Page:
The remainder of the story mode plays out as you’d expect, with a trade-off between long cut scenes intertwined with stints of bone crushing action. You’ll run the gamut of virtually every character on the roster, giving you the opportunity to sample what each one has to offer in regards to combos, special abilities, and super moves. In fact, this is somewhat of a double-edged sword and what I see as the game’s biggest achilles’ heel. Even though I love an immersive story in my games, there is almost too much of it and not enough gameplay in Injustice 2 at times. At one point I went so long between matches (due to these long, drawn-out cut scenes), my console’s screensaver kicked on. I mean, that’s a LONG time to go without touching the controller.

But at the end of the day, a good fighting game’s mojo is dependent on its controls. If it’s intuitive and flows well, then that makes for a great experience. If it’s clunky, no amount of writing or features can save it. Fortunately for Injustice 2, they have the team behind one of the best fighting games ever to shepherd them along. Ed Boon and NetherRealm Studios (of Mortal Kombat fame) have essentially taken a DC shell and slipped it over their MK engine, which they’ve already spent years perfecting. The mechanics aren’t super hard to pick up and they’ve done well to lay things out in a tutorial menu that’ll walk you through the basics. After only a minimum amount of practice, I was pulling off multi-hit combos, super moves and chaining specials together for maximum damage. Nothing feels more solid than ending the match with a perfect KO, and Injustice 2 should satisfy even the most hardened fighting game fan.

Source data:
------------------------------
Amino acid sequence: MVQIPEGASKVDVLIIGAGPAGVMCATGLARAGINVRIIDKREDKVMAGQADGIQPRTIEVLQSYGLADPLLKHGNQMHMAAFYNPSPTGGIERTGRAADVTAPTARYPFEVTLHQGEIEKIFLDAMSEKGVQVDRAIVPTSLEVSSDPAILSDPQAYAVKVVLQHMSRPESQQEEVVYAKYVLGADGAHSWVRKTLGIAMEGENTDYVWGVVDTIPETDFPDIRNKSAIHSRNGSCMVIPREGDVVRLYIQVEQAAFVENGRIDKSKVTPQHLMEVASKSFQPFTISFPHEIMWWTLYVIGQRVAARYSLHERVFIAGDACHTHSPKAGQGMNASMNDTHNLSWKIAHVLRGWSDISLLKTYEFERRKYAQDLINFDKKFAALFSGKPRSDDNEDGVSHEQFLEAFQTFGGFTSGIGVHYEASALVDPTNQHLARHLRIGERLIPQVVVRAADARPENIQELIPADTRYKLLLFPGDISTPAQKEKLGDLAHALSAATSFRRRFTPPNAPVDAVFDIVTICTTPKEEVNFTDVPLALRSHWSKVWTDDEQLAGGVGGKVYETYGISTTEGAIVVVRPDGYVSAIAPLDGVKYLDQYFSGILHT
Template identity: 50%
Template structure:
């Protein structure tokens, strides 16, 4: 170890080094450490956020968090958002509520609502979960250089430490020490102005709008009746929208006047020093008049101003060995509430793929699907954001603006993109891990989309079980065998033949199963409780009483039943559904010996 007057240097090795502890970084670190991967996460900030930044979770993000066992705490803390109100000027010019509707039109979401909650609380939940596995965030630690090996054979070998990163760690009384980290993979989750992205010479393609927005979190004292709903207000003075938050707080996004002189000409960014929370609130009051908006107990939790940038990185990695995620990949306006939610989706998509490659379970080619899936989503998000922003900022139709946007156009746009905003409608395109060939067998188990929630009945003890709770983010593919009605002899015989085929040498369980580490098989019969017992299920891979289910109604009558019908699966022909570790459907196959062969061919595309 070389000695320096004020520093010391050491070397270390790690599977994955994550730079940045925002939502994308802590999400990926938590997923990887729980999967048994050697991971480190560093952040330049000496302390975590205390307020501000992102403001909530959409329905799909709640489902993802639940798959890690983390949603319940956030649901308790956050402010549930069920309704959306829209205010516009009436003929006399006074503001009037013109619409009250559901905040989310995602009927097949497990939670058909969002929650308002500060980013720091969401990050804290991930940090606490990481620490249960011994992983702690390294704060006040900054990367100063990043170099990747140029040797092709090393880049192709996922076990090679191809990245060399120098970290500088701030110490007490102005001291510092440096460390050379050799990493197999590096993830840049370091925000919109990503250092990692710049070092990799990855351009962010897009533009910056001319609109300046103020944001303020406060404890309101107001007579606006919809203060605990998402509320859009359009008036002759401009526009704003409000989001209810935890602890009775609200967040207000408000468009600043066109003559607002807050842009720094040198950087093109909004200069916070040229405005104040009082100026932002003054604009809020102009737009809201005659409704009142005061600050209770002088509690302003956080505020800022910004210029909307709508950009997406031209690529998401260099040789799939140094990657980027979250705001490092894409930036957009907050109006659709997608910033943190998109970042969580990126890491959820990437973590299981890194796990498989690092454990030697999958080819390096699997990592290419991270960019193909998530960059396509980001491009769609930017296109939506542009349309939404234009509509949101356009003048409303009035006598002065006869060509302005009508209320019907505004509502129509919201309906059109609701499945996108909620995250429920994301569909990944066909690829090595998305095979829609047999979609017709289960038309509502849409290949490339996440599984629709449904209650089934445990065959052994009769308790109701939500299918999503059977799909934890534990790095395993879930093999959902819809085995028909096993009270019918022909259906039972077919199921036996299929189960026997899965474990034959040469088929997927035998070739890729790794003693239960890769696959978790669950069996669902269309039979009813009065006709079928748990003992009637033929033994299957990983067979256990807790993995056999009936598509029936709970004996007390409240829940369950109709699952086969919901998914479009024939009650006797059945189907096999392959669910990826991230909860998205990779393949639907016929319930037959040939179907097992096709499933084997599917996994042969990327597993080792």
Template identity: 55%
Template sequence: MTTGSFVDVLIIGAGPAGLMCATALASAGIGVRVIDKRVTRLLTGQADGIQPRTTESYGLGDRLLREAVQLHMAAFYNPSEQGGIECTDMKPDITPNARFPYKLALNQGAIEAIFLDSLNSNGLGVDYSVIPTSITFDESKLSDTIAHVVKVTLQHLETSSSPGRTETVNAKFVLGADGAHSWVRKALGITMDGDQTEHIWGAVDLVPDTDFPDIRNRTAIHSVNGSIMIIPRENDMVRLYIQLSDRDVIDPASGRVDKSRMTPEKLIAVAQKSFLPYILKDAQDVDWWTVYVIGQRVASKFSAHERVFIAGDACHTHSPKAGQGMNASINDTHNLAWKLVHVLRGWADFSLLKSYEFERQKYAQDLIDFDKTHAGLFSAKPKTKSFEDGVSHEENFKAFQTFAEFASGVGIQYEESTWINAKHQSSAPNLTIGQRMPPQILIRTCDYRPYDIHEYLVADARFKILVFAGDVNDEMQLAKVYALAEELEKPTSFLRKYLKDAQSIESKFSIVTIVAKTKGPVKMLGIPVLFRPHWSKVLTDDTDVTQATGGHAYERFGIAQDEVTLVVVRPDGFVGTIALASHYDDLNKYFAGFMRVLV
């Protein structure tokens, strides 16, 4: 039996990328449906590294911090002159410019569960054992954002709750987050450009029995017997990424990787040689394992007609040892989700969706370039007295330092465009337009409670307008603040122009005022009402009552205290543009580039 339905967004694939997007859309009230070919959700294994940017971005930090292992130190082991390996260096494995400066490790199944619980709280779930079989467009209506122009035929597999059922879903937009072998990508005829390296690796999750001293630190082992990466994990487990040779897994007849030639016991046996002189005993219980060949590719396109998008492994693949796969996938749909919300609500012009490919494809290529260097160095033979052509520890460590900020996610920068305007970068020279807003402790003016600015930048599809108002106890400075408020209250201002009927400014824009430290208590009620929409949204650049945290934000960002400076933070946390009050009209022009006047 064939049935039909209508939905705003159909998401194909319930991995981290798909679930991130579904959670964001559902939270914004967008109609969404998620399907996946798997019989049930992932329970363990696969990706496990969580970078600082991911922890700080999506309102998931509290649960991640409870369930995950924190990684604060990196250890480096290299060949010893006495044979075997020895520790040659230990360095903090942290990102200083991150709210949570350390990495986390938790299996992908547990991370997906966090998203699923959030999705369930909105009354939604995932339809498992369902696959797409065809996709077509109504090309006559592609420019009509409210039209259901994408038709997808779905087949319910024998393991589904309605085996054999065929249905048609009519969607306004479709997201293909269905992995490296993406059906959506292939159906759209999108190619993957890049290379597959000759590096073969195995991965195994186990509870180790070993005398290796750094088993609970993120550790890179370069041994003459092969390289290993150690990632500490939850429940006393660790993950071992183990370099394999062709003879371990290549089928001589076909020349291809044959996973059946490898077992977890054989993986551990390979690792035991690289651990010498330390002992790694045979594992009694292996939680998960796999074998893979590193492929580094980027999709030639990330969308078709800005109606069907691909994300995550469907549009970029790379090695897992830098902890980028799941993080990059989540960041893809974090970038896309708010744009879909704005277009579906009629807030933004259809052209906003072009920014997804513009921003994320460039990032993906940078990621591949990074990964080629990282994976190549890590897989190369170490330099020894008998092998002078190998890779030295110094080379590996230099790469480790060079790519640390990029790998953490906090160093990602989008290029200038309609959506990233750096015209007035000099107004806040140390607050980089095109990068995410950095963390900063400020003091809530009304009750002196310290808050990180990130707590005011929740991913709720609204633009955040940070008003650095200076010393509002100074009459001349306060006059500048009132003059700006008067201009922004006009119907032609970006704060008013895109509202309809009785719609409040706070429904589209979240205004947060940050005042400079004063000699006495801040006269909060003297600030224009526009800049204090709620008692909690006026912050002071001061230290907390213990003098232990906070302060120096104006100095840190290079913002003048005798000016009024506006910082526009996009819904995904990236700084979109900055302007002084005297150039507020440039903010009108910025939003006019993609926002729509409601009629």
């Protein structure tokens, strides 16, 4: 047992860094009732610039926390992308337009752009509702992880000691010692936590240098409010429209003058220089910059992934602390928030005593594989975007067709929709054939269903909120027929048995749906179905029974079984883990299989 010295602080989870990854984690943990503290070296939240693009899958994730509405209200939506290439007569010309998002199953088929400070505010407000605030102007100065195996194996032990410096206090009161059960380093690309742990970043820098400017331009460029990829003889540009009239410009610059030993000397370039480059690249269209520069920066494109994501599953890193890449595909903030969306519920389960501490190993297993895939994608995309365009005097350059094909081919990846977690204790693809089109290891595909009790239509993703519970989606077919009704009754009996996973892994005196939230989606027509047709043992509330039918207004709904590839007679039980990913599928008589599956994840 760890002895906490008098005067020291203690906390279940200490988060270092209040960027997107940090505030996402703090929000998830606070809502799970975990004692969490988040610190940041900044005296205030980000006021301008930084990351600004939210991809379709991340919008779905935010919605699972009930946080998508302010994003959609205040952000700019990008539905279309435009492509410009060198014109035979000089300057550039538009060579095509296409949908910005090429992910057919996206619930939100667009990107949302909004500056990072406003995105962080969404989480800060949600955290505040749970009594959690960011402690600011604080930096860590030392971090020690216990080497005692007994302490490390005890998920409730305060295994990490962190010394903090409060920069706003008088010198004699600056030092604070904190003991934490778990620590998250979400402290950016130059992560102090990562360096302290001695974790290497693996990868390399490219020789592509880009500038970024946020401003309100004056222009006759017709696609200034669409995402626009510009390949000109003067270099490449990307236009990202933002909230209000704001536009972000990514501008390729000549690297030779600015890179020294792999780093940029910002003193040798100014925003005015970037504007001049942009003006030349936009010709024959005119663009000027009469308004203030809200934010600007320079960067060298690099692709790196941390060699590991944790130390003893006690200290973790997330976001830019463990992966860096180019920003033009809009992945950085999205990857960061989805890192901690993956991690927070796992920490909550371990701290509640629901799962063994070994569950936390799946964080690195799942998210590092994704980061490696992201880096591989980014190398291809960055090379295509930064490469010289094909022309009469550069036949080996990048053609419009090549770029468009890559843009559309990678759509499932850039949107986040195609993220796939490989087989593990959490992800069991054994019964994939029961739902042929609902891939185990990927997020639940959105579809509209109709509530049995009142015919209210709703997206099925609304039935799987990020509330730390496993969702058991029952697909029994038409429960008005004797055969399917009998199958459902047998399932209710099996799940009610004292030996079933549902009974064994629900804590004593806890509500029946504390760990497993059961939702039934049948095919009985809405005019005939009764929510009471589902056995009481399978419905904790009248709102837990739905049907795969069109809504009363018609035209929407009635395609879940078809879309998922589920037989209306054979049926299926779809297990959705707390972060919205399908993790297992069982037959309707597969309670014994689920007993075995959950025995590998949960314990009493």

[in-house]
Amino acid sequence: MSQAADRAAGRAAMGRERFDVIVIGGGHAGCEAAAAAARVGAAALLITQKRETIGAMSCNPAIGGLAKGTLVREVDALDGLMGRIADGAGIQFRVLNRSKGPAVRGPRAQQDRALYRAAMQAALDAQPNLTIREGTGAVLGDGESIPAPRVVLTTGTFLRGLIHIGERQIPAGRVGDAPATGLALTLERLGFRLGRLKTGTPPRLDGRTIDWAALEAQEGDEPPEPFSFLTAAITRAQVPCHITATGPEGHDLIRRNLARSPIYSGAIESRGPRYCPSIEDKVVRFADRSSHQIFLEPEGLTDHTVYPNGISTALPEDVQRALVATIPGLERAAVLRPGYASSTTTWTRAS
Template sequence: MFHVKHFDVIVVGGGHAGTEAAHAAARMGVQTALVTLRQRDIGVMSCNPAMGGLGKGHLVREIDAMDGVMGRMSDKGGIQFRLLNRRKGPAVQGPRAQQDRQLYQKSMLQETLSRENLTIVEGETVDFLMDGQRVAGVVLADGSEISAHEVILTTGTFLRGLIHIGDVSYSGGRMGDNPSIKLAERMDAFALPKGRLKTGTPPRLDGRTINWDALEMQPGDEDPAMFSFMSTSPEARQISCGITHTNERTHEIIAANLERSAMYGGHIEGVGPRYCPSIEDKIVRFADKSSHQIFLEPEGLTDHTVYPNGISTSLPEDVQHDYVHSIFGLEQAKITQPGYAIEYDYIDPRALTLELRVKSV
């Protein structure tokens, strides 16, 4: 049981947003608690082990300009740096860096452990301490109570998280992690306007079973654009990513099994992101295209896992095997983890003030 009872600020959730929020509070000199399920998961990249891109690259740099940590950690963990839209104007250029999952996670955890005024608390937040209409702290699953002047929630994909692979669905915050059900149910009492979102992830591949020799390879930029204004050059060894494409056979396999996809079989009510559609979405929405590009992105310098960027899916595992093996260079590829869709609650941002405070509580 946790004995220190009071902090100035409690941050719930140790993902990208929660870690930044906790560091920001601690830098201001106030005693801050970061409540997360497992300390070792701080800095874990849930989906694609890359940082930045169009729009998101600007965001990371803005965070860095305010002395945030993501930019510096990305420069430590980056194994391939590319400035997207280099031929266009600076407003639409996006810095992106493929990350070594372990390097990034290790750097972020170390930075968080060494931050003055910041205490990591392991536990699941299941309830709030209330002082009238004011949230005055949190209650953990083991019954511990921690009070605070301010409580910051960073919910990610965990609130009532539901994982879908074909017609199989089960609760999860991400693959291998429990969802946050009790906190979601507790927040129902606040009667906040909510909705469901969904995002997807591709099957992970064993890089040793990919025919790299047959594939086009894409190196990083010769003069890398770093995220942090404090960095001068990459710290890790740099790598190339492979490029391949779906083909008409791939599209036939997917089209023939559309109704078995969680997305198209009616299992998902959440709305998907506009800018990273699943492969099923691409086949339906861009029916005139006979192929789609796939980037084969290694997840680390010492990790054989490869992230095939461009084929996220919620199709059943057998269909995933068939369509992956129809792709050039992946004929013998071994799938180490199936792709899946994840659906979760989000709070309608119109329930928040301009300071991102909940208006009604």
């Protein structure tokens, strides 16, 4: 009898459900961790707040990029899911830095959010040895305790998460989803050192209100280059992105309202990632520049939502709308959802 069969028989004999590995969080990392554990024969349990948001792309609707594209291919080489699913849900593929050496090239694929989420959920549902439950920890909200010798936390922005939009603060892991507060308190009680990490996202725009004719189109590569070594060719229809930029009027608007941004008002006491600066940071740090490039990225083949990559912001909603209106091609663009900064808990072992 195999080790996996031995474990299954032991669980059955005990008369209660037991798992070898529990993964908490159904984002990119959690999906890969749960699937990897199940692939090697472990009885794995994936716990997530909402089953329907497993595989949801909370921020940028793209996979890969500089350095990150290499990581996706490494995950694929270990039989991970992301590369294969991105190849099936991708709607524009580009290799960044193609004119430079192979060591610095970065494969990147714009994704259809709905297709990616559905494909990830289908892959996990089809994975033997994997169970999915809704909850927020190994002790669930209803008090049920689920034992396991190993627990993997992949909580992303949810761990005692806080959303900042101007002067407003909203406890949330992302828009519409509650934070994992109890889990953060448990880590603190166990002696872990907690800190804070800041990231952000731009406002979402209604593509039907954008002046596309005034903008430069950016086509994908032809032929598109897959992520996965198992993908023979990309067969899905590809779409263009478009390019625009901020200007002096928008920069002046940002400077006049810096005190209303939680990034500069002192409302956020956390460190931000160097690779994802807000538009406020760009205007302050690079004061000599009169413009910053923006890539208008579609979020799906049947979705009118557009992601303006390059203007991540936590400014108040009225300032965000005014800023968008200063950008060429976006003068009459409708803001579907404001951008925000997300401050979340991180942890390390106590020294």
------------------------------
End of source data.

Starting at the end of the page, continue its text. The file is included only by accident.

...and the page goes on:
Injustice 2 Screenshot

Although I will admit, after having to sit through the long animation of my character’s super move for about the 20th time, I started wishing there was a way to skip it and just jump back to the match. The same can be said for the stage transitions, which are spectacular at first, but taxing after a while. However, the clash system is a neat addition, which is essentially like a mini version of Russian roulette. You’ll bet with your super meter on who you think will win the face-off, and the winner is rewarded with additional health (while the difference is taken away from the loser). I’d love to see this concept expanded more in future sequels.

Injustice 2 Screenshot

After a while of battling it out against the CPU, you’ll no doubt find yourself venturing online to take the fight to a human opponent. There’s nothing too surprising here, as you’ll find the typical features you’d expect. There are private matches, ranked matches, or player matches that don’t count towards overall rankings (player matches are a great way to feel out the online component without killing your record at first). But if you’d like to keep things old school among a group of friends on the couch, you can set up tournaments for local play as well. I wasn’t able to try the local multiplayer, but I do know that any victories over the net will allow you to level up, something which is essential for customizing your characters.